The answer is found in Ephesians 1:22-23. "And He put all things under His feet, and gave Him to be head over all things to the church [ekklesia], which is His body, the fullness of Him who fills all in all."
In his discussion of these verses in Word Studies From the Greek New Testament, Kenneth S. Wuest writes, "The Church [ekklesia] is described as that 'which is His body.' The word 'which' is hetis 'which is of such a nature as,' and has a qualitative nature to it." The nature of ekklesia in this context comes from the association with its head, Jesus Christ.
Of the word "body," soma, Expositor's says:
The word soma, which passes readily from its literal meaning [the human body] into the figurative sense of a society, a number of men constituting a social or ethical union, . . . is frequently applied in the N.T. epistles to the Church, . . . as the mystical body of Christ, the fellowship of believers regarded as an organic [living] spiritual unity in a living relation to Christ, subject to Him, animated by Him, and having His power operating in it. The relation between Christ and the Church, therefore, is not an external relation. . . . (vol. 11, "Ephesians and Colossians," p. 56, emphasis ours)
In other words, it is not bound by human convention. It is not bound by corporate laws that men establish, for Christ is in the ekklesia wherever its members may be.
Continuing from Wuest's:
The relation between Christ and the Church, therefore, is not an external relation, or one simply of Superior and inferior, Sovereign and subject, but one of life and incorporation [within Him]. The Church is not merely an institution ruled by Him as President, a Kingdom in which He is the Supreme Authority, or a vast company of men in moral sympathy with Him, but a Society which is in vital connection with Him, having the source of its life in Him, sustained and directed by His power, the instrument also by which He works. (ibid., pp. 56-57)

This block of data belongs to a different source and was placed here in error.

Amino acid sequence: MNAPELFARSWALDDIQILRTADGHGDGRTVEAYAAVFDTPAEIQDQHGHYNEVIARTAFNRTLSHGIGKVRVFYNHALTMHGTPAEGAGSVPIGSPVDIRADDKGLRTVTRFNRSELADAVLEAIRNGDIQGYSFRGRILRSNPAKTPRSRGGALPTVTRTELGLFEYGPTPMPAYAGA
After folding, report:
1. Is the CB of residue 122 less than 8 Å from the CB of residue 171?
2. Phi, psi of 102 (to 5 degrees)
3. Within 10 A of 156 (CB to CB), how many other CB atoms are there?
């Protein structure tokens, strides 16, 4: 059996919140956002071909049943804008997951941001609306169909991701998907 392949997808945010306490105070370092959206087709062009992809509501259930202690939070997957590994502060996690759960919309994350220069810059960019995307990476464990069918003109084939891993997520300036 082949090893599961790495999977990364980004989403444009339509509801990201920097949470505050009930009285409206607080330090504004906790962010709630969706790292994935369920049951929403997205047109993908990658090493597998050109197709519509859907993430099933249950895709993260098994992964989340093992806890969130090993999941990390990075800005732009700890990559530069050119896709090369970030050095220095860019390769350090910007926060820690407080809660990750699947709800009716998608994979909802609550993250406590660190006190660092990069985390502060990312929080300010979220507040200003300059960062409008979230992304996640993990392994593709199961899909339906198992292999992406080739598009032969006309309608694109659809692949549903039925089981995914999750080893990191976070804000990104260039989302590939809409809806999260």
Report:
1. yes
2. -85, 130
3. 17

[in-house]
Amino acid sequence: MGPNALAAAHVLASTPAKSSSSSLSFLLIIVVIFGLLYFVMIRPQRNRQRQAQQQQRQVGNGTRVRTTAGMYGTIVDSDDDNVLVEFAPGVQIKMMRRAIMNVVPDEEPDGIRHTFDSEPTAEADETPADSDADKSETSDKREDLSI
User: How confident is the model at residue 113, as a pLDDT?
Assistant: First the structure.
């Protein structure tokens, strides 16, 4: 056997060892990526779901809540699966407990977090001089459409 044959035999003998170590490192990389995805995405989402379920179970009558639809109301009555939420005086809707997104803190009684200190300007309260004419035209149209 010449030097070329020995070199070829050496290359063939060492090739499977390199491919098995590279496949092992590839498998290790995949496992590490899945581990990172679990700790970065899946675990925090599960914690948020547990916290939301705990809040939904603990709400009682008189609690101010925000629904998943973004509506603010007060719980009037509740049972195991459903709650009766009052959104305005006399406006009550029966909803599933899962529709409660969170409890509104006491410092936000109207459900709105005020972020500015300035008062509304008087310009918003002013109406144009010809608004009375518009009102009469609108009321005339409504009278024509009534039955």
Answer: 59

This is the usage of ekklesia in the New Testament. It is a mystical body with no external relations. It is something that is internal; it is something mental; it is something of the spirit. It is not bound by race, by language, by city or state or nationality. It is not restricted to the earth or to time.
The word mystical means "having a spiritual meaning or reality that is neither apparent to the senses [an external relation, sensed by the eyes, ears, nose, mouth, touch] nor obvious to the intelligence; involving or having the nature of an individual's direct subjective communion with God" (Webster's Ninth New Collegiate Dictionary, 1985, p. 785). The church, the ekklesia, consists of those who have been called out by God, summoned by Him, to receive His Spirit and have direct communion with Him.
Paul makes a similar statement to Ephesians 1:22-23 in I Corinthians 12:12-13.
For as the body is one and has many members, but all the members of that one body, being many, are one body, so also is Christ. For by one Spirit we were all baptized into one body—whether Jews or Greeks [transcends national boundaries], whether slaves or free [transcends cultural or social status]—and have all been made to drink into one Spirit.
The ekklesia is not a humanly defined corporation, but the mystical body of Christ, having the Spirit of God.
John W. Ritenbaugh
Guard the Truth!